'The book is about truth in reconciliation:' Joseph Kakwinokanasum on his novel My Indian Summer
Joseph Kakwinokanasum is a member of James Smith Cree Nation. His debut novel, My Indian Summer was published in 2022. Kakwinokanasum was shortlisted for the 2020 CBC Nonfiction Prize for his story Ray Says.
The 2023 CBC Nonfiction Prize is currently accepting submissions. The winner will receive $6,000 from the Canada Council for the Arts and have their work published on CBC Books. They will also attend a writing residency at Artscape Gibraltar Point, a cultural hub on Toronto Island. Four finalists will each receive $1,000 from the Canada Council for the Arts and have their work published on CBC Books.
You can submit memoir, biography, humour writing, essay, personal essay travel writing and feature articles up to 2,000 words. The deadline to submit is Tuesday, Feb. 28, 2023 at 11:59 p.m. ET.
My Indian Summer is a novel about survival, reconciliation and identity set during the summer of 1979. For Hunter Frank, the summer begins with his mother returning home only to collect the last two months' welfare cheques, leaving her three mixed-race children to fend for themselves. The siblings get involved in an adventure involving a trio of elders and the stash of cash in the purple Crown Royal bag hidden in his mattress.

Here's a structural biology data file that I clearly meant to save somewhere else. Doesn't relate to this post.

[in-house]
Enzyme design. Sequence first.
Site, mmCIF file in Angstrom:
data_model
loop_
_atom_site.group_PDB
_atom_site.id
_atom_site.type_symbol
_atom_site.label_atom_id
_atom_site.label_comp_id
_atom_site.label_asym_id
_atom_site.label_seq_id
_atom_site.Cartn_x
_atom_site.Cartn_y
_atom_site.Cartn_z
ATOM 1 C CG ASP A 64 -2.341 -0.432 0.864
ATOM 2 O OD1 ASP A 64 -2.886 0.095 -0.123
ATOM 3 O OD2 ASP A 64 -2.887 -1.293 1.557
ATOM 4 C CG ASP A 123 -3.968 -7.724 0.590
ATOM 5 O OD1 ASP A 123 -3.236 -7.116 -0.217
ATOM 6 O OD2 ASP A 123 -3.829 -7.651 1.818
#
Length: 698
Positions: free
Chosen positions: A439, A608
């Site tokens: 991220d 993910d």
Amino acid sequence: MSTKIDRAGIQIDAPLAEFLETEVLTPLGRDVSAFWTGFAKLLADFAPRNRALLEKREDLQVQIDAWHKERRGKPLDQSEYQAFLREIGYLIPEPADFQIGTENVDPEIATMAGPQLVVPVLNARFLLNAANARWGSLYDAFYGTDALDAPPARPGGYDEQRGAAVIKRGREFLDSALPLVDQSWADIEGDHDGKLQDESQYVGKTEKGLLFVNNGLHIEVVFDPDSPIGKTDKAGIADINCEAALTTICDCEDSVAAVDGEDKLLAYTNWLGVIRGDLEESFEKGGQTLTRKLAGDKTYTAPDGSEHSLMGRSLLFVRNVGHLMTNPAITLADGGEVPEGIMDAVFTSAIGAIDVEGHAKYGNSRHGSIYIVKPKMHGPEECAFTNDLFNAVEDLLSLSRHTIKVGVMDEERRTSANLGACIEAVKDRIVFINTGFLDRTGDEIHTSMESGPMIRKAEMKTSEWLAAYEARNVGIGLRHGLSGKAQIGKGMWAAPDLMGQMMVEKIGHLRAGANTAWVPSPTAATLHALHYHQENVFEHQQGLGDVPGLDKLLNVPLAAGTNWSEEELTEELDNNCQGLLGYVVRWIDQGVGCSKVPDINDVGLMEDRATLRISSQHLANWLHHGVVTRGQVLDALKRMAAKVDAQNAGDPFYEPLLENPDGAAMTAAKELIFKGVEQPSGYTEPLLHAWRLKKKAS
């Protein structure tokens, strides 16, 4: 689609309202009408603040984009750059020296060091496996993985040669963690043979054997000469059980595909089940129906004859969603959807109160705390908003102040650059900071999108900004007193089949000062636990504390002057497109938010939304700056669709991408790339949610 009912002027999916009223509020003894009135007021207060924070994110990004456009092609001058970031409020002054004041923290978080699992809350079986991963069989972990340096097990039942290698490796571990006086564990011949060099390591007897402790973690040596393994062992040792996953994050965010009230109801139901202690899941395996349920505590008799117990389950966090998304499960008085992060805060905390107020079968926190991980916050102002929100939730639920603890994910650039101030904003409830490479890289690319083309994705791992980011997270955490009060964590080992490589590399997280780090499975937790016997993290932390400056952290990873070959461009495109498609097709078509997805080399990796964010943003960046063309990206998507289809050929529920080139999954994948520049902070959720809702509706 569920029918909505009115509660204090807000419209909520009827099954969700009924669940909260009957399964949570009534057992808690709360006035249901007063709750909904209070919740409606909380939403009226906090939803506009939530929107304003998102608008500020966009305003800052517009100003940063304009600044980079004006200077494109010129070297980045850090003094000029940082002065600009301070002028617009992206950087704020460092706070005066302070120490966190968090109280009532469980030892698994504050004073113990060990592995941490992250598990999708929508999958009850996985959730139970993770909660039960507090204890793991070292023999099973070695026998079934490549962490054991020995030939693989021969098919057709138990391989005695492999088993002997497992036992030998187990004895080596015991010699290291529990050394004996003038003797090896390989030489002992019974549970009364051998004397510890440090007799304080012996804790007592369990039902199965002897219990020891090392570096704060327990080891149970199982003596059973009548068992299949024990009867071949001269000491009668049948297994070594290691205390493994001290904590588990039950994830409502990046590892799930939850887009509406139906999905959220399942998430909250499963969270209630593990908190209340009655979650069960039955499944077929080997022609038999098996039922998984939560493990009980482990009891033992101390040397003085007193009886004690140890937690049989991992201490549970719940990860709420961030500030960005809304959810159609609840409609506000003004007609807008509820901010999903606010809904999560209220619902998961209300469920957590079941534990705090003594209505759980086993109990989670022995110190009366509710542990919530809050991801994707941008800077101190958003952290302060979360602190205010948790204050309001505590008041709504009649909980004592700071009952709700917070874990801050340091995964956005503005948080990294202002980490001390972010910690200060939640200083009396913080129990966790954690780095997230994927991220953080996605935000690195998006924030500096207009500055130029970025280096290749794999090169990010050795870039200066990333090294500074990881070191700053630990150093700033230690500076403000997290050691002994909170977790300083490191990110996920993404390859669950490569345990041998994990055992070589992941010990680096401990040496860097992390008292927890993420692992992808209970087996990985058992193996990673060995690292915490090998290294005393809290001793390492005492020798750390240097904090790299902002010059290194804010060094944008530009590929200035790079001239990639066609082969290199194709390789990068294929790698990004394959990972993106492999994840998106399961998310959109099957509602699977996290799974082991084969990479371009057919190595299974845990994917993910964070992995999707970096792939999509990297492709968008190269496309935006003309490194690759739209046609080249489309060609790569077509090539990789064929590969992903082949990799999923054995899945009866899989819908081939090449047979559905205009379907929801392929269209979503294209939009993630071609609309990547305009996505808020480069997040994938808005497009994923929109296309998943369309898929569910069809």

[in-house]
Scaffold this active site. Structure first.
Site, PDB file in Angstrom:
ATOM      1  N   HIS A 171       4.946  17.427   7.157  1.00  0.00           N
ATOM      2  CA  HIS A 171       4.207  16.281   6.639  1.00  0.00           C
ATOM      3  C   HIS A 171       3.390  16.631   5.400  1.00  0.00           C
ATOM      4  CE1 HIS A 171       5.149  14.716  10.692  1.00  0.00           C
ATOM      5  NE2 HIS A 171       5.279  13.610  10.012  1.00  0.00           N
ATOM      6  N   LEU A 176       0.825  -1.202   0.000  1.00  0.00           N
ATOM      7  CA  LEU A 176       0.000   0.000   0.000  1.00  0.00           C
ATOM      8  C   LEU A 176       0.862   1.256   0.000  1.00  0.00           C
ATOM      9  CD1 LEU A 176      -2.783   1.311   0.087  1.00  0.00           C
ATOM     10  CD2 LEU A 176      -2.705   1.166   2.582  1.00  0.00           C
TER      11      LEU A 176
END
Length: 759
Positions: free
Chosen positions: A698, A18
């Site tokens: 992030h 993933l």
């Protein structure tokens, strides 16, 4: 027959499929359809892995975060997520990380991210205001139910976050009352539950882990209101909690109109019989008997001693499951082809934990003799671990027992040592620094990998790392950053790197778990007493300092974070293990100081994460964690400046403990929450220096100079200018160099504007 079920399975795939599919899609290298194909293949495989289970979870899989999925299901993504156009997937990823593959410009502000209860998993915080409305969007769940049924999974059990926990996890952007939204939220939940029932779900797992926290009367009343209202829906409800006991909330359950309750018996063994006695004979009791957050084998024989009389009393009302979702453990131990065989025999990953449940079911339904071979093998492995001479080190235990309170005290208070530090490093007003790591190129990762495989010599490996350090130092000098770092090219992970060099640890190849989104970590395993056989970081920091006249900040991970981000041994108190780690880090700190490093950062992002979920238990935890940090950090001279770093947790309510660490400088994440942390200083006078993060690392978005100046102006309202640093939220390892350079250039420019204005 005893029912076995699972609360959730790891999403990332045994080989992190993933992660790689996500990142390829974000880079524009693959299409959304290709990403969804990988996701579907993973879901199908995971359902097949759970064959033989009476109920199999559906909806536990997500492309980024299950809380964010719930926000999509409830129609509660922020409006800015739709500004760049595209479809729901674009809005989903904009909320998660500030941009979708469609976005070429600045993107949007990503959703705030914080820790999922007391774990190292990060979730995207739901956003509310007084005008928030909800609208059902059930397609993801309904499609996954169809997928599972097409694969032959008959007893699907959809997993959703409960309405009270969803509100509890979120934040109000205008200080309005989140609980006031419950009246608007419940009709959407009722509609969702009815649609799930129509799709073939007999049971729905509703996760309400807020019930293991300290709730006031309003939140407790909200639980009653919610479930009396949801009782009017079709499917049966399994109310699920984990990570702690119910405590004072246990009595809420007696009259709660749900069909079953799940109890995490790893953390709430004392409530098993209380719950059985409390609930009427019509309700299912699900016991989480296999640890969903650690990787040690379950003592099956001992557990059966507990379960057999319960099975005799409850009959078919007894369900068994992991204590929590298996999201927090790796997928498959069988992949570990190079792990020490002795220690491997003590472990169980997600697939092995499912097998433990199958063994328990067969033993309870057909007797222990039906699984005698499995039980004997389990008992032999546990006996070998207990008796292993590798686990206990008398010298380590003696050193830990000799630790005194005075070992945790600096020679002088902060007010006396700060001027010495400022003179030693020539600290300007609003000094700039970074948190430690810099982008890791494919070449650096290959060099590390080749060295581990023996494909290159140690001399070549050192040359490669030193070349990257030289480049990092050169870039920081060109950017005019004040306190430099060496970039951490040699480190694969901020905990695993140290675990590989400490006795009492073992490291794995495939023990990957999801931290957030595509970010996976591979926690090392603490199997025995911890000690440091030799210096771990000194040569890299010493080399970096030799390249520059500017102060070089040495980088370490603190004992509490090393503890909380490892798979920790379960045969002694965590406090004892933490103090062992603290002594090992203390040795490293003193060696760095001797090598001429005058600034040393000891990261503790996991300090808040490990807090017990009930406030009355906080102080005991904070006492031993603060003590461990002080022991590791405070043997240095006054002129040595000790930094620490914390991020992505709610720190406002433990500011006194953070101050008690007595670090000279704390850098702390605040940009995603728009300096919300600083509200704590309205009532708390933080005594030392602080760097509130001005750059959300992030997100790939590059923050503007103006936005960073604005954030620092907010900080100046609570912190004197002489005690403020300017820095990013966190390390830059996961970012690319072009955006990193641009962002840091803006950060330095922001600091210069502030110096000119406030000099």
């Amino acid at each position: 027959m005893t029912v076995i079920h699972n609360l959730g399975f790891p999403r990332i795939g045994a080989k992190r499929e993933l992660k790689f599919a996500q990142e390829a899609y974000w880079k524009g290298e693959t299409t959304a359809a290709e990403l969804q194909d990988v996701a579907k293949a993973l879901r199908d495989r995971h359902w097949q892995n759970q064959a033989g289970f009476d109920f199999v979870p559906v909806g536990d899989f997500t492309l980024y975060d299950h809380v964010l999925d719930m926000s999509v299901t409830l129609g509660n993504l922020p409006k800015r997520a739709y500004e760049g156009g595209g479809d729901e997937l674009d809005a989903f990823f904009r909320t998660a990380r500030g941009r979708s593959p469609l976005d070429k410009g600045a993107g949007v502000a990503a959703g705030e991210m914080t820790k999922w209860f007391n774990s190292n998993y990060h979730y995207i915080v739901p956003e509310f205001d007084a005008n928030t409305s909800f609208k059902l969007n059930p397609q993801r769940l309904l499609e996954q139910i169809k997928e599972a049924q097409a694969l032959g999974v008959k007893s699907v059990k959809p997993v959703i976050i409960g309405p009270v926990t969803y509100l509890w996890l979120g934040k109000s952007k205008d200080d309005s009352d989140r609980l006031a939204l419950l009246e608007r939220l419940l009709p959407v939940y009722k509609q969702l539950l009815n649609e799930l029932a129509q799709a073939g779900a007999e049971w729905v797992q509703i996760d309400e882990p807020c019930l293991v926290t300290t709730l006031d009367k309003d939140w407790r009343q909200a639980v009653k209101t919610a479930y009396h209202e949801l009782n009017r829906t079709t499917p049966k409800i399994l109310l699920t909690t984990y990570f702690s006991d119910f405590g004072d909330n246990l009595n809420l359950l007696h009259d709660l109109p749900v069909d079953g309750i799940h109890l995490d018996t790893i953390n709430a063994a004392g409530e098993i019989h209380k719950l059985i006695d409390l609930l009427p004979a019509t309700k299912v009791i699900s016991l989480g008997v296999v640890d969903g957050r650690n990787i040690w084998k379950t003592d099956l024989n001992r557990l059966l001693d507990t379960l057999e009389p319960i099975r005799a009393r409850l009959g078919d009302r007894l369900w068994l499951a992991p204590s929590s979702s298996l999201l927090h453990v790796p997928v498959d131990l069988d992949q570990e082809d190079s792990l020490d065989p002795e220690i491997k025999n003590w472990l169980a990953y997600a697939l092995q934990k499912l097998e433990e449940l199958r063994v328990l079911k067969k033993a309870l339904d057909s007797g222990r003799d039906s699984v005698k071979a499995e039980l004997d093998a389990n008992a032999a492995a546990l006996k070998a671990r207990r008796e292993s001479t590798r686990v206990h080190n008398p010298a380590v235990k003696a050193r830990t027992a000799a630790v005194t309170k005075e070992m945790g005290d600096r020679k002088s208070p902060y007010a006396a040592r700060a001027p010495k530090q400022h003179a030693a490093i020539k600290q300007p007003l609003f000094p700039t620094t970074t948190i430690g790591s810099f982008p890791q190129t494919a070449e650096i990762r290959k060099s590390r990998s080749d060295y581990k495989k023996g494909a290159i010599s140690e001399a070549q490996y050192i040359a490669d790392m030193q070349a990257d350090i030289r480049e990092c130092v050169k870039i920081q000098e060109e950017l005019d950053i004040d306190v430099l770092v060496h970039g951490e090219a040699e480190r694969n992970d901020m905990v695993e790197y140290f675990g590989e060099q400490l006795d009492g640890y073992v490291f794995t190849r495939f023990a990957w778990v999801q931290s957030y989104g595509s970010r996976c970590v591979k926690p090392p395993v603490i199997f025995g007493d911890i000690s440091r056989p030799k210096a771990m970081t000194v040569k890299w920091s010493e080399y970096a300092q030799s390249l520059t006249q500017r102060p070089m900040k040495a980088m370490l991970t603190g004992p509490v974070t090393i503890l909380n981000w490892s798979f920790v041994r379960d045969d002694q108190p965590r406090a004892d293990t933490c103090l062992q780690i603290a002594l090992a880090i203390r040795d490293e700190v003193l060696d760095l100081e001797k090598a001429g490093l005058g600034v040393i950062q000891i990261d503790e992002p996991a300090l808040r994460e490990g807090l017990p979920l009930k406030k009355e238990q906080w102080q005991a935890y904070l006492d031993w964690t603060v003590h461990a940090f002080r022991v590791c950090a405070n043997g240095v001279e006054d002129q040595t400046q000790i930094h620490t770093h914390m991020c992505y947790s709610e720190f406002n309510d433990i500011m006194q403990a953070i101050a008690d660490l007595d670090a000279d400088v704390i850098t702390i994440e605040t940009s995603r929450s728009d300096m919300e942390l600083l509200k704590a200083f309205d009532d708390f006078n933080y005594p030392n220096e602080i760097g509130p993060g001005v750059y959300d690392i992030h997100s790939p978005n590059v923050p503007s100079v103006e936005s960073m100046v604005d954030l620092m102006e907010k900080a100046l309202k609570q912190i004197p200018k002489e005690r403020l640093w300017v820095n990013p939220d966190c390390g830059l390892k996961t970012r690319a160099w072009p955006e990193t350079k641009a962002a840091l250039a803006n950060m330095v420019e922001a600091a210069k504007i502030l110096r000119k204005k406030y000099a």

Kakwinokanasum spoke to CBC Books about how he wrote My Indian Summer.
A difficult story to tell
"The book is about truth in reconciliation: The Indian Act and the damage it did. Though when I wrote the story, I didn't want to focus on that. I wanted people to think about it, for it to be in the background like a subtle character or a taste of something that you can't quite put your finger on. The story itself, I just wanted to have fun with it. Because originally the story started out as a biography.
I've always believed that there's a lot of truth in fiction. - Joseph Kakwinokanasum
"I've always believed that there's a lot of truth in fiction. What I write, how I write what I write, is always informed by my experience with it. It's coming from a perspective of a self-identifying Indigenous man who's lived with that stigma his entire life. But the big picture of the story is the effects of colonialism."
Turning nonfiction into fiction
"This book started out as a nonfiction memoir called Woodland Creatures. I rewrote it probably three or four different times before my mentor, JJ Lee, put it on the desk of my publisher. Then they read it and liked it, but wanted to turn it into fiction. And I said okay.
I came to the conclusion that writing it from a fiction perspective and having some fun with it would also give me distance from the stress and the pain of writing a memoir. - Joseph Kakwinokanasum
"I came to the conclusion that writing it from a fiction perspective and having some fun with it would also give me distance from the stress and the pain of writing a memoir.